Survey: Nearly Half of All Kiwis Affected by Mental Illness
Posted by Fleur Revell
According to latest research conducted on behalf of mens health charity Movember by Auckland public relations agency Impact PR – nearly half of all Kiwis have been in some way affected by mental illness.
It is one of society’s most delicate issues, but research released today shows that nearly half of all Kiwis have in some way been affected by mental illness
The independent study was commissioned by Movember, a charity which encourages men to grow moustaches during November to help raise awareness and funds in support of men’s health.
Money raised by Movember will be donated to the Mental Health Foundation of NZ for its ‘Out of the Blue’ depression awareness campaign and to the Cancer Society of New Zealand in support of prostate cancer.
Five hundred men and women were interviewed as part of the nationwide study with 48 percent saying they had personally experienced mental illness or that a family member or someone they knew had.
The Chief Executive of the Mental Health Foundation of NZ, Judi Clements says depression is a serious issue with 1 in 6 New Zealanders experiencing it in their lifetime, and the World Health Organisation predicting that by 2020 depression will be the second major health issue worldwide following cardiovascular disease.
Clements says the term ‘depression’ is used to describe a range of feelings from ‘having the blues’ or ‘feeling a bit down’ to acute and ongoing unhappiness. It can start anytime – from childhood through to old age – and can disrupt someone’s ability to enjoy everyday activities.
“It is important to remember though, that most people can and do recover from depression when they get help, and the earlier the better,” says Clements. “It doesn’t necessarily need to be clinical help, support from family and friends can make all the difference.”
The Clinical Director of Procare Primary Mental Health Programme, psychiatrist Dr David Codyre, says depression is highly treatable but if not addressed can have devastating consequences.
Dr Codyre says men tend to be late ‘help-seekers’ in the face of evolving health problems, including mental health issues.
“In part, it is the general male tendency to ignore their health, the ‘macho’ tough it out thing, and also the fear of being seen as weak. For depression in particular the problem is that many men don’t have a good understanding of what it actually is,” says Dr Codyre.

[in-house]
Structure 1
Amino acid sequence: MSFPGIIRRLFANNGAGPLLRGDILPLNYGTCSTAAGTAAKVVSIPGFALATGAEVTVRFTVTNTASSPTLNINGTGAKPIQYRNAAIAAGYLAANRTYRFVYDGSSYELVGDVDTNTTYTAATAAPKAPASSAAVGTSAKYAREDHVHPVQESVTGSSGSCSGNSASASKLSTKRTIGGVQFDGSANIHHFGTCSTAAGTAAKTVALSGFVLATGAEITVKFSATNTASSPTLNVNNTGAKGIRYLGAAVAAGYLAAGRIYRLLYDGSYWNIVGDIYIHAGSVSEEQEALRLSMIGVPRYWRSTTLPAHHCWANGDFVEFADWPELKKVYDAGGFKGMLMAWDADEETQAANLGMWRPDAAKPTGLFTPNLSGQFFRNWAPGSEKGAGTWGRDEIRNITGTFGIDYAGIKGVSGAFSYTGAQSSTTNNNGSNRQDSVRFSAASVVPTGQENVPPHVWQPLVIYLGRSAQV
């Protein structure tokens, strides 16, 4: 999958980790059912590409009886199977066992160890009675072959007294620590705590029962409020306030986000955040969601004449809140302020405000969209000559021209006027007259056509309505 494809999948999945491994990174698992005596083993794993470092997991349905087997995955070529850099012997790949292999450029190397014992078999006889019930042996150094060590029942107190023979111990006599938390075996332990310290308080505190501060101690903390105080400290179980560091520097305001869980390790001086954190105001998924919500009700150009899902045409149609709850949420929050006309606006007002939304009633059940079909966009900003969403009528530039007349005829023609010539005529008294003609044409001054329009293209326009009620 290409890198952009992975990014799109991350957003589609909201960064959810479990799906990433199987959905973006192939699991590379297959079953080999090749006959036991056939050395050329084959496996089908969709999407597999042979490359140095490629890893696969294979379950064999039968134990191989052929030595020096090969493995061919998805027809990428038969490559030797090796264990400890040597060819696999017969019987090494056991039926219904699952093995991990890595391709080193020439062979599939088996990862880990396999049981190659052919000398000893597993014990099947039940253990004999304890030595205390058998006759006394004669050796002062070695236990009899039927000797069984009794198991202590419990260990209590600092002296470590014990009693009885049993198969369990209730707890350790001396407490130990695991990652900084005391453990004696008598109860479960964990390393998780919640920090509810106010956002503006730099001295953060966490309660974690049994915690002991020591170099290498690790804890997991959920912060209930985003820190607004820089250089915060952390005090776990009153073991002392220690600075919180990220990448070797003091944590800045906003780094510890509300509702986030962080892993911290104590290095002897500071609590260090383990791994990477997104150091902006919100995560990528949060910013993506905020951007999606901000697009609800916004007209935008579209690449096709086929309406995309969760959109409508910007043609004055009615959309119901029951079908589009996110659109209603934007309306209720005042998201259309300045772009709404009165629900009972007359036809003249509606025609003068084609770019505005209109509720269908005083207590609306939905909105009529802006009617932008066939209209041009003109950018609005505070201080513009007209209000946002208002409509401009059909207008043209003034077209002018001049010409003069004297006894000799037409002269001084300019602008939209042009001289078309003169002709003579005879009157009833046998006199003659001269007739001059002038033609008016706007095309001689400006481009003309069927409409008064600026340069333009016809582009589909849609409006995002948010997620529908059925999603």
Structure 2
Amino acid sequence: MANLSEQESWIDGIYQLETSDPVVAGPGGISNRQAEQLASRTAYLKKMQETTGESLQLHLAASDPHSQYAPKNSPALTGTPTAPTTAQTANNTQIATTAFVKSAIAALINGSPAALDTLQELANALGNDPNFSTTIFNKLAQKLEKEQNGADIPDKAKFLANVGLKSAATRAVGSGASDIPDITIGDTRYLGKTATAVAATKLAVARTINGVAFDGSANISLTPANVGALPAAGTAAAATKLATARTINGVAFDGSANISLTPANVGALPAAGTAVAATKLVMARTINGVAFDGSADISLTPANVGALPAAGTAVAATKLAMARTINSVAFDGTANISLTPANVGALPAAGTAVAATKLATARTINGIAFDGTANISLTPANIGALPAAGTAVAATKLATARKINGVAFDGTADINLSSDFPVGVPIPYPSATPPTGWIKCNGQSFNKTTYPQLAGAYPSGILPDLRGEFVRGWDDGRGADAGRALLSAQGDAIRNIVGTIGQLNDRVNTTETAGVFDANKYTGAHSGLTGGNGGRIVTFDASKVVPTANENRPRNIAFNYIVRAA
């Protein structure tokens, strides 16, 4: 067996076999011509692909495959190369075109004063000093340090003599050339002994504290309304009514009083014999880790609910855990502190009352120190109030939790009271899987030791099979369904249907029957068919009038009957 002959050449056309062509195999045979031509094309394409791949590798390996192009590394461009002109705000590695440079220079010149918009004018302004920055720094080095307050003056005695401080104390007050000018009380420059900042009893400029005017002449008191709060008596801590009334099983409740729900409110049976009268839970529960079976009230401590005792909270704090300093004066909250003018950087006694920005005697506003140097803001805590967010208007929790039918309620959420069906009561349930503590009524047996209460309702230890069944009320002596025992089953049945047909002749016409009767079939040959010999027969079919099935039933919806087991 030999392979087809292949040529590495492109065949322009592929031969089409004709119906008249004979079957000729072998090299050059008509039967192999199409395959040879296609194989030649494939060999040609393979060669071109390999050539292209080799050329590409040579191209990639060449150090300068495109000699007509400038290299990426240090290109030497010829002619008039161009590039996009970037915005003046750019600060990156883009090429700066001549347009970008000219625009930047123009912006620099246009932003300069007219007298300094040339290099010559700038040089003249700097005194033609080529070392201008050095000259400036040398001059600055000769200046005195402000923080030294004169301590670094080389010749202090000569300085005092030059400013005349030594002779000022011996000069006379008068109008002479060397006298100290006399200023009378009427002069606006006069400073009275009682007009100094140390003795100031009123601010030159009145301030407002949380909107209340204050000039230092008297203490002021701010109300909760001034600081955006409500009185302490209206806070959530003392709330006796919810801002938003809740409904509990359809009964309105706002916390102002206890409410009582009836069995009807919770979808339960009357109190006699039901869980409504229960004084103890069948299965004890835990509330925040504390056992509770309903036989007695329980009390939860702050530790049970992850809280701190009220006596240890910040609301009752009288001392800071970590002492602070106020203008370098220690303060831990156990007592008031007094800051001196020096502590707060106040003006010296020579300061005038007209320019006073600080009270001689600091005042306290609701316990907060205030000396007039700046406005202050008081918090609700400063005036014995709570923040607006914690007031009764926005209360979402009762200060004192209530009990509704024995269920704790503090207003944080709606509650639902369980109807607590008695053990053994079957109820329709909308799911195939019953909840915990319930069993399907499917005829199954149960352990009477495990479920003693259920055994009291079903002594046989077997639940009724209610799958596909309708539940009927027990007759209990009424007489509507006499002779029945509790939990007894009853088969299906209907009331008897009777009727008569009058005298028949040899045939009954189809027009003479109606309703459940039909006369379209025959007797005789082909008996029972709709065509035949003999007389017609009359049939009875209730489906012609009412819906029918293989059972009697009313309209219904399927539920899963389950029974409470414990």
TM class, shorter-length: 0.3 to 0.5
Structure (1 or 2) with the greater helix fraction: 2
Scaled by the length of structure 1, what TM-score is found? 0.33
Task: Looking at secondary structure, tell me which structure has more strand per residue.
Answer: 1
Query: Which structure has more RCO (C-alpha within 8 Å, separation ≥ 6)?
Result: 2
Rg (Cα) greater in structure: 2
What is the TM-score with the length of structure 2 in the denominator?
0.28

Signs of depression can include feelings of sadness that don’t go away, and losing interest and pleasure in usual activities, he says. Irritable mood can also be the main obvious change particularly in men
Excessive anxiety, agitation or worry, changes in energy levels, eating or sleeping patterns, feeling worthless or hopeless and suicidal thoughts are also common symptoms, he says.
“If a person is experiencing any of these things for more than two weeks, it could be a sign of depression and they should get assistance.
“GPs are the best first port of call for seeking professional help as all primary care organisations now have mental health programmes including funded access to therapy,” he says.
Written on behalf of Movember by Impact PR
Notes to editor:
The survey was commissioned by Movember and conducted by Consumer Link (a division of Colmar Brunton) in New Zealand. Five hundred male and female respondents were interviewed nationwide.
Movember (the month formerly known as November) is an annual, month-long charity men’s health charity event that raises money for Cancer Society of New Zealand and the New Zealand Mental Health Foundation. At the start of Movember, men register with a clean shaven face and have the remainder of the month to grow and groom their moustache, raising as much money and awareness as possible to benefit men’s health.
Movember culminates at the end of the month at official Gala Parties in Auckland, Wellington and Christchurch – the highlight of any Mo Bro’s and Mo Sista’s social calendar. Every Mo Bro has a chance to win the coveted ‘Man of Movember’ title.
Number of participants: 13,000
Amount of money raised: $927,000
WHO on depression